Kadi worked with DP Carl Balou on sections of the film that were shot in Turkey and the US. However, getting footage from Syria was a battle unto itself. No one is allowed into or out of the country, obviously posing a major roadblock in shooting interviews or b-roll. Kadi knew he had to recruit someone inside that could capture what he needed. Utilizing a network of roughly 3,000 activists he communicated with via resources such as skype and Facebook, he was connected to an amateur photographer who owned a camera and wanted to help.
Kadi and Balou set up a base in Turkey so they could be in the same time zone as their novice recruit. Their process began with instructing the activist on best practices for setting up lighting, arranging an interview and other shooting necessities via skype. Noting their recruit had an exceptional command of English, they shared articles on cinematography and interviewing to assist with the recruit’s crash course, and reviewed photos he was able to send them to ensure he had the basics of good lighting and set up. They encouraged him to find a few other individuals to assist him on days where interviews were shot, which Kadi directed remotely. The team would help with tasks such as disguising and redirecting wires and electrical sources: any form of filming is forbidden by the government. If the team was discovered, their gear would be confiscated and they would be subjected to severe consequences.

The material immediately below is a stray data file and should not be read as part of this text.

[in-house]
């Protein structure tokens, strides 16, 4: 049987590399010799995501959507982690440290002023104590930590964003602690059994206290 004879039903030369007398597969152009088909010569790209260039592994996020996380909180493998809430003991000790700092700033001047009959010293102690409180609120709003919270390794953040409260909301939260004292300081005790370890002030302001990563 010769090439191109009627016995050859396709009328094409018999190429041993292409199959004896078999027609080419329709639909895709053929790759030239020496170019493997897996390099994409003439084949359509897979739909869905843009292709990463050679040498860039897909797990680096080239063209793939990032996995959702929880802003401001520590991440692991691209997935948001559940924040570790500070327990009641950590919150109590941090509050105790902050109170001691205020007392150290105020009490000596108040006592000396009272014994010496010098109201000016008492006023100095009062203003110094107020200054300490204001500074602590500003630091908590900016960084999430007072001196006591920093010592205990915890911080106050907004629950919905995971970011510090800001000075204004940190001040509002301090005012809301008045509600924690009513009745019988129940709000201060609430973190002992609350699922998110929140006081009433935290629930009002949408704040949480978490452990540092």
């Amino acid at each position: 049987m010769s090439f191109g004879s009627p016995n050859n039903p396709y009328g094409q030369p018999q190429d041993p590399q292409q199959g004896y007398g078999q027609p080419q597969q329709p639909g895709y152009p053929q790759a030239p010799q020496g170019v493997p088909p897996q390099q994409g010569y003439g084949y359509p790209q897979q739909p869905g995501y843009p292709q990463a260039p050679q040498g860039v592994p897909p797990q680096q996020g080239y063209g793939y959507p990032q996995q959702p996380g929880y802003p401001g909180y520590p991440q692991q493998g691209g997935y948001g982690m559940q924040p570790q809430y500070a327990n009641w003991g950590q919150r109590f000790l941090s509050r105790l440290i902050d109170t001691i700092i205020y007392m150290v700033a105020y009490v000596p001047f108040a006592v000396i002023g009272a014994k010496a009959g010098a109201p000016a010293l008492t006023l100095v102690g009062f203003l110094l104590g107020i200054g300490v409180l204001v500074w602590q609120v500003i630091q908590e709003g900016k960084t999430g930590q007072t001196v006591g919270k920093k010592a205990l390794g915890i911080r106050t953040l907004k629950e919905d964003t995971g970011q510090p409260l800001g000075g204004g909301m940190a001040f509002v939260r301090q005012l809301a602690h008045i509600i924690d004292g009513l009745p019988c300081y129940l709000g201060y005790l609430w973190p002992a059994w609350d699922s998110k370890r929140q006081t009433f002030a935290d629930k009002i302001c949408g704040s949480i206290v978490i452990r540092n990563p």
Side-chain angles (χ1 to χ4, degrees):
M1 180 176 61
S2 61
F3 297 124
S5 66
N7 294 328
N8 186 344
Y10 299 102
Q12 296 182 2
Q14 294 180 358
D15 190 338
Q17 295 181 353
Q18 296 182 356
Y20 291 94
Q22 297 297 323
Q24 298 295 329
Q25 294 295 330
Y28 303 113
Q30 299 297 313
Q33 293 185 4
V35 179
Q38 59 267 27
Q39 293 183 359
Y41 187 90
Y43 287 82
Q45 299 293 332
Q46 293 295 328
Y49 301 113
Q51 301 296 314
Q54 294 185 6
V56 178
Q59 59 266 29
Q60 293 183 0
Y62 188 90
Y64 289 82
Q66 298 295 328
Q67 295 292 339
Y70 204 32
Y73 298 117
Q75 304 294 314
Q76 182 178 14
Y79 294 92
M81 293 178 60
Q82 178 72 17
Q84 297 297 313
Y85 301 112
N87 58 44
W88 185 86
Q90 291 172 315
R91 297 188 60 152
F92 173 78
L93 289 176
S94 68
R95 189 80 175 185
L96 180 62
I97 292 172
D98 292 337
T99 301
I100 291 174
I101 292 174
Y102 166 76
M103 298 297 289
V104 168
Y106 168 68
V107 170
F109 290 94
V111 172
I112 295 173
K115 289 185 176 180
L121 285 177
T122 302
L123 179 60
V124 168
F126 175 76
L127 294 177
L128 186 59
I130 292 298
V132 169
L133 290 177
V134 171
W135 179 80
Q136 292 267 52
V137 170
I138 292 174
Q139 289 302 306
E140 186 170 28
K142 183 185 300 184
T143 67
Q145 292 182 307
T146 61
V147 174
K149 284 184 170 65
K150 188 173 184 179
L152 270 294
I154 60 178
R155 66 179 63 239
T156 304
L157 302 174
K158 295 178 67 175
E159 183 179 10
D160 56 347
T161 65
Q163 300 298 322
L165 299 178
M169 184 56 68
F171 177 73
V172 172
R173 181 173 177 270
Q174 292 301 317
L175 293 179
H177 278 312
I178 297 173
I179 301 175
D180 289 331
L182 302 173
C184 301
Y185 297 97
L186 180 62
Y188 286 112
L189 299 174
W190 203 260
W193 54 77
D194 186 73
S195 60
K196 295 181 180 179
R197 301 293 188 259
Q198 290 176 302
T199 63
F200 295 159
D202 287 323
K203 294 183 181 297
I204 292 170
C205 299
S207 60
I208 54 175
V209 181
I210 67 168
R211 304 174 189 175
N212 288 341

In addition to shooting in secret, the team also had to endure frequent bombings that disrupted their schedule. Kadi and Balou were often left in limbo during these prolonged periods, uncertain of the fate of their recruit. Fortunately, he routinely reconnected via skype once he safely could. With a schedule bloated by weeks of downtime encompassing several days of consecutive shooting, Kadi and Balou had to finish their Syria segment from Los Angeles.